Bee Gees to be immortalized with bronze statue in Redcliffe
The Bee Gees are set to be immortalised in bronze next month in the way Redcliffe will always remember them - as children.
A photo of the legendary band of brothers has been used as inspiration for a statue dedicated to the band.
It shows Robin and Barry laced up. Maurice, though, is barefoot and carefree, which is how Barry Gibb describes the brothers' childhood growing up in Redcliffe.
The last remaining Bee Gee said that it was a "magical" time.
"We would walk on the beach at low tide, in bare feet, chasing crabs. That image has never gone away," the Courier Mail quoted him as saying.
Though the boys would go on to form one of the most successful groups of all time, they never forgot their idyllic days in Redcliffe.
It was announced earlier this week the statue, created by sculptor Phillip Piperides, will be unveiled on February 14, with Barry in attendance.
The statue will stand between Redcliffe Pde and Sutton St alongside Bee Gees Way - a walkway commemorating the group's contribution to music through photos and album covers.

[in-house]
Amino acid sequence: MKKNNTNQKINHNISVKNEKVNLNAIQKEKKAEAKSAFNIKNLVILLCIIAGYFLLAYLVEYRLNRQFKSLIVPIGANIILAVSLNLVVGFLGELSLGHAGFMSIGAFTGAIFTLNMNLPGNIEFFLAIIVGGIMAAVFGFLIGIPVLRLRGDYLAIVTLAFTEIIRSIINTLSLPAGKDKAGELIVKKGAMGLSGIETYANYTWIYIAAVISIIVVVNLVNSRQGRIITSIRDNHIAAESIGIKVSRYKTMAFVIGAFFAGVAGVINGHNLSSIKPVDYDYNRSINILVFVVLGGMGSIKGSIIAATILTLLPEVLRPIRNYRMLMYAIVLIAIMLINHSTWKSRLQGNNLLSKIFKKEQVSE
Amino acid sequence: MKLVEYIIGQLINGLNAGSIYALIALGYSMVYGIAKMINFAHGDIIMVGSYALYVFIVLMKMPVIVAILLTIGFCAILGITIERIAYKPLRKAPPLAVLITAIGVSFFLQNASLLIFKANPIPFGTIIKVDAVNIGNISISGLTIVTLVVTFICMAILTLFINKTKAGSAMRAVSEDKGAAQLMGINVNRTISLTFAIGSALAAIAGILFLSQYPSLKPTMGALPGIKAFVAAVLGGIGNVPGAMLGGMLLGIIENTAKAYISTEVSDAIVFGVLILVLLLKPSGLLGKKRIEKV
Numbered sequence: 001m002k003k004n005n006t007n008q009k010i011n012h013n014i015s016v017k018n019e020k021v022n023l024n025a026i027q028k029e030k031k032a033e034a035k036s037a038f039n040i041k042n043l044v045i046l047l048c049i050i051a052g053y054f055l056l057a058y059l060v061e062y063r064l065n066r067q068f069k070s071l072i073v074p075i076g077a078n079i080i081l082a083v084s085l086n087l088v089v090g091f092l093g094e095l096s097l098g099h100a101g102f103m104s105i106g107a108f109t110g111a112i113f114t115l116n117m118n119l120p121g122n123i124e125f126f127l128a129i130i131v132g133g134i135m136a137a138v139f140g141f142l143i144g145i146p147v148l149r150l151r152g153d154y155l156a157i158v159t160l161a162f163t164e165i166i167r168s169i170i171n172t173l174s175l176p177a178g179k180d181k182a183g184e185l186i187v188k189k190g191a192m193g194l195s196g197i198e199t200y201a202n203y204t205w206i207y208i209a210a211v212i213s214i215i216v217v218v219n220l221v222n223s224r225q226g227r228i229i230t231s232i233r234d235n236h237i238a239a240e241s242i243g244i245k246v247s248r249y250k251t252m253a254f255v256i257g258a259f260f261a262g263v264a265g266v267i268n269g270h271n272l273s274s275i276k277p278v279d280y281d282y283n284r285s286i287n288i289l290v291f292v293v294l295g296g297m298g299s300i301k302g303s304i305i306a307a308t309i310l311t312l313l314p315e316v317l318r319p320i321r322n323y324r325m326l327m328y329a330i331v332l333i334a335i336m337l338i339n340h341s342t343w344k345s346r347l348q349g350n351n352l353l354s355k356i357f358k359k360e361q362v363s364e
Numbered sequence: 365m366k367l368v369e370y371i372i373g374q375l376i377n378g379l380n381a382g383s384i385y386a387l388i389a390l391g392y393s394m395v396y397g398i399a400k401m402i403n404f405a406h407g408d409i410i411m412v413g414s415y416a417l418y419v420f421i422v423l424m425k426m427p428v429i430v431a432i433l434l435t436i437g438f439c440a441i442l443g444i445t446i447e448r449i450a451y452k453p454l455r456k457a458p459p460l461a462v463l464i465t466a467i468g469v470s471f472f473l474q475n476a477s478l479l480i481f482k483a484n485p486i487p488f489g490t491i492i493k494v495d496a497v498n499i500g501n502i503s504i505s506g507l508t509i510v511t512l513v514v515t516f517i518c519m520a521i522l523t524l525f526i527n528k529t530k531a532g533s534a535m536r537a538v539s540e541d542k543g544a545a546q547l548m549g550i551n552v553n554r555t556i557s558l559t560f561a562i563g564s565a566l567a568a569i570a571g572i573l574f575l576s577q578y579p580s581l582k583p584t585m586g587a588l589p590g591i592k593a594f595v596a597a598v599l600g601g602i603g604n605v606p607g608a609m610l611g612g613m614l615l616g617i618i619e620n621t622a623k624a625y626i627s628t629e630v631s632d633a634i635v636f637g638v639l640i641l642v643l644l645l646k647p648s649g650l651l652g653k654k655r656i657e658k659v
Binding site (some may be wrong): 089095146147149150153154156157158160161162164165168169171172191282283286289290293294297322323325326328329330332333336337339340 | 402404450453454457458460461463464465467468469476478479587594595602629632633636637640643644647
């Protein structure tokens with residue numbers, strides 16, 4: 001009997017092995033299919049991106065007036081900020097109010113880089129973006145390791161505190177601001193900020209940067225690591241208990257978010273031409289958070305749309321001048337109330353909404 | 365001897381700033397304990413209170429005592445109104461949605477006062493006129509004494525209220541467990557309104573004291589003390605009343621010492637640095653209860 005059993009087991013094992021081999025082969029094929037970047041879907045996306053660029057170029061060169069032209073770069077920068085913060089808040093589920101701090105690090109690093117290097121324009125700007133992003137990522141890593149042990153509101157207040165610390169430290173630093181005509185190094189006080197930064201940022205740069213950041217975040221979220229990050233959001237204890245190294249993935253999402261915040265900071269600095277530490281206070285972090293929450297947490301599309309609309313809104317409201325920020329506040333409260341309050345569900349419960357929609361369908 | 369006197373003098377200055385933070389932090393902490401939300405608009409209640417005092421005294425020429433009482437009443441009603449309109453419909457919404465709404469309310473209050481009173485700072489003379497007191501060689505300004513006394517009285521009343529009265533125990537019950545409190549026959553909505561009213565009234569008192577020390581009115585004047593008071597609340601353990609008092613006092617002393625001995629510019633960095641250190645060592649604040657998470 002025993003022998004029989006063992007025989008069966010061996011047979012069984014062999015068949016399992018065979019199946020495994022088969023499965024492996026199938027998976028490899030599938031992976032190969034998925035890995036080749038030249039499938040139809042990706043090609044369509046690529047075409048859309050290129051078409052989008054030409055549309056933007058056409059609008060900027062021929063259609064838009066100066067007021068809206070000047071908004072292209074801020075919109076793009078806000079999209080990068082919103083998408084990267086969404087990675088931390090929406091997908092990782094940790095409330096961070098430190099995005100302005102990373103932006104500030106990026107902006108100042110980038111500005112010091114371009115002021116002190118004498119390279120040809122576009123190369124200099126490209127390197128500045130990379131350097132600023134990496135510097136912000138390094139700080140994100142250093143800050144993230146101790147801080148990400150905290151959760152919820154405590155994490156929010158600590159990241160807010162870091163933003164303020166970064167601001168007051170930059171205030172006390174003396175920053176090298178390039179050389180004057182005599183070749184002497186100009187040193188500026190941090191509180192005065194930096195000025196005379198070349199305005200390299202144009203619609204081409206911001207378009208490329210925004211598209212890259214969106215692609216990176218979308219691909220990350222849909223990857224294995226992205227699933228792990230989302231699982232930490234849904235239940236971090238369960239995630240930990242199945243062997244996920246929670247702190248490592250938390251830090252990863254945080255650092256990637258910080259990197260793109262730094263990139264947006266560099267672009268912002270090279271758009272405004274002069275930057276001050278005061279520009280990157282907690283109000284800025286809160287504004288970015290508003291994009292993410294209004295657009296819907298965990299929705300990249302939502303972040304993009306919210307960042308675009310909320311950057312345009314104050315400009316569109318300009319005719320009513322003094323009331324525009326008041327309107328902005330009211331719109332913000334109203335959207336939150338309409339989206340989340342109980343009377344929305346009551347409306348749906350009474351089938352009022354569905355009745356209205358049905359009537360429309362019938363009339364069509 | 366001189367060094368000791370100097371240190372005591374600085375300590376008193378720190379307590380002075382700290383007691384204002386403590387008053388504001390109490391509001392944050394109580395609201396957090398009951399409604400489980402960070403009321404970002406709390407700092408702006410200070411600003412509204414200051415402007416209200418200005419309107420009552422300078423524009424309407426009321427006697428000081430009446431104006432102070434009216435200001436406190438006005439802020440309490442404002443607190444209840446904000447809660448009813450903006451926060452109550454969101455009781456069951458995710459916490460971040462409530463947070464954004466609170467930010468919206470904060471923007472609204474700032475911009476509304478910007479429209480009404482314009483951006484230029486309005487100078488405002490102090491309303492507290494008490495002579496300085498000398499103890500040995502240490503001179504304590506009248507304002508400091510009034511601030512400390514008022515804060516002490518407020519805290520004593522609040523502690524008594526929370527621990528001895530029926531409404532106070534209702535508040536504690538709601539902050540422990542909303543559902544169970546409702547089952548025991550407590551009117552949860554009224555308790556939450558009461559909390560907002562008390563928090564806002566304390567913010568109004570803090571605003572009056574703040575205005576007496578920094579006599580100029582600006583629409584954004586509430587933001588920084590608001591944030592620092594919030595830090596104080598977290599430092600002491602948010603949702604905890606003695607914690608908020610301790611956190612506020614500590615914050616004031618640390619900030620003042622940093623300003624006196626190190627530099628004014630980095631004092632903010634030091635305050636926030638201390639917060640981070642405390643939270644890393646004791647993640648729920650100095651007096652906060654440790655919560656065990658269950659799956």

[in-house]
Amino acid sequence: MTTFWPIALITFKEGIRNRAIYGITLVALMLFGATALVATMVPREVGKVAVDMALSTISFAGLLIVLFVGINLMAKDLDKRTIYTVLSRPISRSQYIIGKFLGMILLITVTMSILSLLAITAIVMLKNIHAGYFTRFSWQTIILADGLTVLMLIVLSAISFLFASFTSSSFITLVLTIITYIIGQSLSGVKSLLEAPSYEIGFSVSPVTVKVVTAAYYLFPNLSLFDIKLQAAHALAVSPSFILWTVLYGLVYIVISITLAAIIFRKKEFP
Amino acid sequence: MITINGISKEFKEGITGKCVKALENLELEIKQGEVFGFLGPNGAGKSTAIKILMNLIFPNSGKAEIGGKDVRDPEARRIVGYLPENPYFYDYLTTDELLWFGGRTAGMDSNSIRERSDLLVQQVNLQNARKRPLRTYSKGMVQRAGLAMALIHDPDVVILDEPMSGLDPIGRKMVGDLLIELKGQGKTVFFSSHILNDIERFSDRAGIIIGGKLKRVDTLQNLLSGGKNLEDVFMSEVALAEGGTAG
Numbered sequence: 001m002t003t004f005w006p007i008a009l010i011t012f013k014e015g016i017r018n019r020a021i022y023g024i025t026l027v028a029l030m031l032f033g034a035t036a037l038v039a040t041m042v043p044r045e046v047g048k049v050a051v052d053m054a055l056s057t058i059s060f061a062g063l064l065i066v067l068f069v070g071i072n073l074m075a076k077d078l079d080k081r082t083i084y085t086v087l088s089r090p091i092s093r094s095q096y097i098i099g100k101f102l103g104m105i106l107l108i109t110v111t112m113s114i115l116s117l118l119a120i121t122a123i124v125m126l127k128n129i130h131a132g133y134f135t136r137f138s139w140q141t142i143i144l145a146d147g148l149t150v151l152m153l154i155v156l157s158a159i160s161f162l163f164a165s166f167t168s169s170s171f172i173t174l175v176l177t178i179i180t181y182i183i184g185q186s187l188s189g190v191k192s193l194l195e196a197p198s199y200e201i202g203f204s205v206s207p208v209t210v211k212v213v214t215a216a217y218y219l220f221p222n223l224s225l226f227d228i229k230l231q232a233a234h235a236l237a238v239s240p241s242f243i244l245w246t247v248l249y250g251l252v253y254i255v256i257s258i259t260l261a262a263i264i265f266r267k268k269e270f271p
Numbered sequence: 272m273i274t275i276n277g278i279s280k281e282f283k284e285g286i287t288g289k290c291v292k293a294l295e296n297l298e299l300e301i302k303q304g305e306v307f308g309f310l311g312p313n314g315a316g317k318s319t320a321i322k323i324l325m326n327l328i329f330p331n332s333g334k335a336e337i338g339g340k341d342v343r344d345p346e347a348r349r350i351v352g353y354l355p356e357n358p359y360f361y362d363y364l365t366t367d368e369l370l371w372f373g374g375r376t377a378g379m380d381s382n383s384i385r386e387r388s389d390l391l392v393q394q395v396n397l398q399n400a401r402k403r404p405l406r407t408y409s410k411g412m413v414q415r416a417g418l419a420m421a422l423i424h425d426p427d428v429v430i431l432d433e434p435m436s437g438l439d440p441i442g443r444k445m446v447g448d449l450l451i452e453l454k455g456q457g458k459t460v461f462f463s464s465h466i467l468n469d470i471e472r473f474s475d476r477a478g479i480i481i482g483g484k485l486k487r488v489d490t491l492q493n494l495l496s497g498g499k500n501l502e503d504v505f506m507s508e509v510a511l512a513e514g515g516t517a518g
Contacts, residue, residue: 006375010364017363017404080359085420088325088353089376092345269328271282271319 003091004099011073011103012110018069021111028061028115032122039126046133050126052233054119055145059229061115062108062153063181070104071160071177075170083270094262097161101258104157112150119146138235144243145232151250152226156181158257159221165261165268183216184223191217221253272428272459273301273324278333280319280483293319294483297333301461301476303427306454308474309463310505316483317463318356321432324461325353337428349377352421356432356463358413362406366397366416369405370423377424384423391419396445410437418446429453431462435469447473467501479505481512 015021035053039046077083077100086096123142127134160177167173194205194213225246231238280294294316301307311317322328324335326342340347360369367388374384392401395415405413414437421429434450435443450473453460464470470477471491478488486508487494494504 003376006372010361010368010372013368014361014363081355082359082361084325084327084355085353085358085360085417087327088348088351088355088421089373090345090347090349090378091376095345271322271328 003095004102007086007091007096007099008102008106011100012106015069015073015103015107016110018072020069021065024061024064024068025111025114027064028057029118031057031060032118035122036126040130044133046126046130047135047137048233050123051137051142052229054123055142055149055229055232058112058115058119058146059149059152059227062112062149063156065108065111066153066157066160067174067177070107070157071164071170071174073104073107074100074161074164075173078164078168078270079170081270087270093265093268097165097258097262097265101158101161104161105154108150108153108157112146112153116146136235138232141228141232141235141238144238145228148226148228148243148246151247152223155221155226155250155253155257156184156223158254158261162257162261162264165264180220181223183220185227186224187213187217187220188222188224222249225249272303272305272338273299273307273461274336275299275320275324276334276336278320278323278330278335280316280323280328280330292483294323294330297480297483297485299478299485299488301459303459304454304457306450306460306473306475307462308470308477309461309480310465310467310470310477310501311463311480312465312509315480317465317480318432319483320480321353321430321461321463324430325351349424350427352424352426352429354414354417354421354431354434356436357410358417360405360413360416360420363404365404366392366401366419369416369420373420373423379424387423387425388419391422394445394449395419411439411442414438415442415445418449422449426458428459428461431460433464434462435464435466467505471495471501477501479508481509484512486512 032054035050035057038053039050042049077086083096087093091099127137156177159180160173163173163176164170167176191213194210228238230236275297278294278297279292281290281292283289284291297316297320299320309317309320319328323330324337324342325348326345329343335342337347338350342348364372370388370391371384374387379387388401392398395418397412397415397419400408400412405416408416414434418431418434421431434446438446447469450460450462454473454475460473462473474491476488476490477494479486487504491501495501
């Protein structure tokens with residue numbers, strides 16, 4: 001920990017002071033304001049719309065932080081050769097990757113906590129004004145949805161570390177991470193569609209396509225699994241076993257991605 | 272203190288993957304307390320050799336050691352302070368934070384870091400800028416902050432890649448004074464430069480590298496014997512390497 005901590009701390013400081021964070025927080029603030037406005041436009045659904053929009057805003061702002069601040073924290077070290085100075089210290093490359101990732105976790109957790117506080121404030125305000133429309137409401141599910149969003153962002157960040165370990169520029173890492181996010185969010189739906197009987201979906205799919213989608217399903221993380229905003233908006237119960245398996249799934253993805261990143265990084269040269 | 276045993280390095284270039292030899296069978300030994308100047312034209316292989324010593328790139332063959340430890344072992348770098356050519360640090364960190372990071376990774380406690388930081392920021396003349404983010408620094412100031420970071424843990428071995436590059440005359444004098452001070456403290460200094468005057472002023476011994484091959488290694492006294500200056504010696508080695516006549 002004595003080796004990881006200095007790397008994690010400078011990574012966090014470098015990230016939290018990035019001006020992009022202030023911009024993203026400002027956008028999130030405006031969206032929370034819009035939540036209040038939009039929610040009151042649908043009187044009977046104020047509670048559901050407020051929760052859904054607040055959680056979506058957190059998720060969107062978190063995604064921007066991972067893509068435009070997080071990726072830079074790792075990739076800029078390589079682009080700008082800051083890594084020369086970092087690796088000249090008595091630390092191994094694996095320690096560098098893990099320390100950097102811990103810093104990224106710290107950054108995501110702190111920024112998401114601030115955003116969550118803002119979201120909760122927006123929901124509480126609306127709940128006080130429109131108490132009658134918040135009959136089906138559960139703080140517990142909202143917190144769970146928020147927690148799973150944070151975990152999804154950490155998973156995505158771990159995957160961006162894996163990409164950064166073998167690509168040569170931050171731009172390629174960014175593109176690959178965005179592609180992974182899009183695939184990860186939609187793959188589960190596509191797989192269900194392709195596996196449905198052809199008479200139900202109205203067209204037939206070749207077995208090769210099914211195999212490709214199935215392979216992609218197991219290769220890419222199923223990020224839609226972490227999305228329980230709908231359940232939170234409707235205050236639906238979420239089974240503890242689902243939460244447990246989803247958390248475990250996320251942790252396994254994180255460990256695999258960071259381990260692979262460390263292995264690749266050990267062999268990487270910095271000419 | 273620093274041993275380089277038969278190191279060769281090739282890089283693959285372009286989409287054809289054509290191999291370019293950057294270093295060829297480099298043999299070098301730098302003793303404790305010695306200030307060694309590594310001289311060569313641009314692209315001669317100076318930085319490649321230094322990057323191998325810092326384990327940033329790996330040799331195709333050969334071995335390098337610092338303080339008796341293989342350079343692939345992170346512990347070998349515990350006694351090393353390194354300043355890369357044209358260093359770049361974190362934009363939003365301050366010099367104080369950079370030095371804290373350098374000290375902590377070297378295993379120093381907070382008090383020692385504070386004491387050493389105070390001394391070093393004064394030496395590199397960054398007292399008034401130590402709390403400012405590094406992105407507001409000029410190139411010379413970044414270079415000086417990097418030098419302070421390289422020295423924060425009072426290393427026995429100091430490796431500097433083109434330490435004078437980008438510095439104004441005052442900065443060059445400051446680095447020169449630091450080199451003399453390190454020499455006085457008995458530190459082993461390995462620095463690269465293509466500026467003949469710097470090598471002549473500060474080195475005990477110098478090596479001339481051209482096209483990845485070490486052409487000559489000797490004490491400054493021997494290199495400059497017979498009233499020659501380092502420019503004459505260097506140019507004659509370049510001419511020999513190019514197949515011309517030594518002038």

It has been revealed the statue was created by drawing from a series of images and photographs from Barry, Robin and Maurice Gibb's childhood, in particular from the time when they lived in Redcliffe in the late 1950s.
Piperides said one main photograph was chosen but he made changes based on other images and requests from Barry himself.
Barry said the tribute made to him and his brothers was a "privilege and an honour."
Moreton Bay Mayor Allan Sutherland said the tribute was Redcliffe's way of saying thank you to the Bee Gees and acknowledging their contribution to music.
He said Barry planned to bring his mum to the unveiling on February 14 because Redcliffe held so many family memories.